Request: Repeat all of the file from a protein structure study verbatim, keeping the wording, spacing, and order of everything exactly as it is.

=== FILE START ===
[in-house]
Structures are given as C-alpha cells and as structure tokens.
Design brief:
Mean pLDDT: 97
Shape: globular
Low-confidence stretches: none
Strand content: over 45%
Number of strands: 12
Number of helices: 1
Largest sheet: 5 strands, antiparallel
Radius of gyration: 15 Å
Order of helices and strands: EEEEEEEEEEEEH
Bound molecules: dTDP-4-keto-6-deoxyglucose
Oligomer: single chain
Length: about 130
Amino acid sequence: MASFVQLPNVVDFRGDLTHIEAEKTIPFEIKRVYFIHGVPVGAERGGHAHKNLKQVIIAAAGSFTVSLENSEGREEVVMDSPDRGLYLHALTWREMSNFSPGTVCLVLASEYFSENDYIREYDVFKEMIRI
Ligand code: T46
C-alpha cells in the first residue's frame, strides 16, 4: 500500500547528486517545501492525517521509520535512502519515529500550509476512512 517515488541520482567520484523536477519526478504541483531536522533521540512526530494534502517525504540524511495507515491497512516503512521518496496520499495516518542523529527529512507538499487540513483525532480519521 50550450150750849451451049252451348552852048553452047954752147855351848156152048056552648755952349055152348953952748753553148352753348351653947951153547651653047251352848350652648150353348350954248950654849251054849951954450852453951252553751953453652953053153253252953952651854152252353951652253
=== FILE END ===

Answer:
[in-house]
Structures are given as C-alpha cells and as structure tokens.
Design brief:
Mean pLDDT: 97
Shape: globular
Low-confidence stretches: none
Strand content: over 45%
Number of strands: 12
Number of helices: 1
Largest sheet: 5 strands, antiparallel
Radius of gyration: 15 Å
Order of helices and strands: EEEEEEEEEEEEH
Bound molecules: dTDP-4-keto-6-deoxyglucose
Oligomer: single chain
Length: about 130
Amino acid sequence: MASFVQLPNVVDFRGDLTHIEAEKTIPFEIKRVYFIHGVPVGAERGGHAHKNLKQVIIAAAGSFTVSLENSEGREEVVMDSPDRGLYLHALTWREMSNFSPGTVCLVLASEYFSENDYIREYDVFKEMIRI
Ligand code: T46
C-alpha cells in the first residue's frame, strides 16, 4: 500500500547528486517545501492525517521509520535512502519515529500550509476512512 517515488541520482567520484523536477519526478504541483531536522533521540512526530494534502517525504540524511495507515491497512516503512521518496496520499495516518542523529527529512507538499487540513483525532480519521 50550450150750849451451049252451348552852048553452047954752147855351848156152048056552648755952349055152348953952748753553148352753348351653947951153547651653047251352848350652648150353348350954248950654849251054849951954450852453951252553751953453652953053153253252953952651854152252353951652253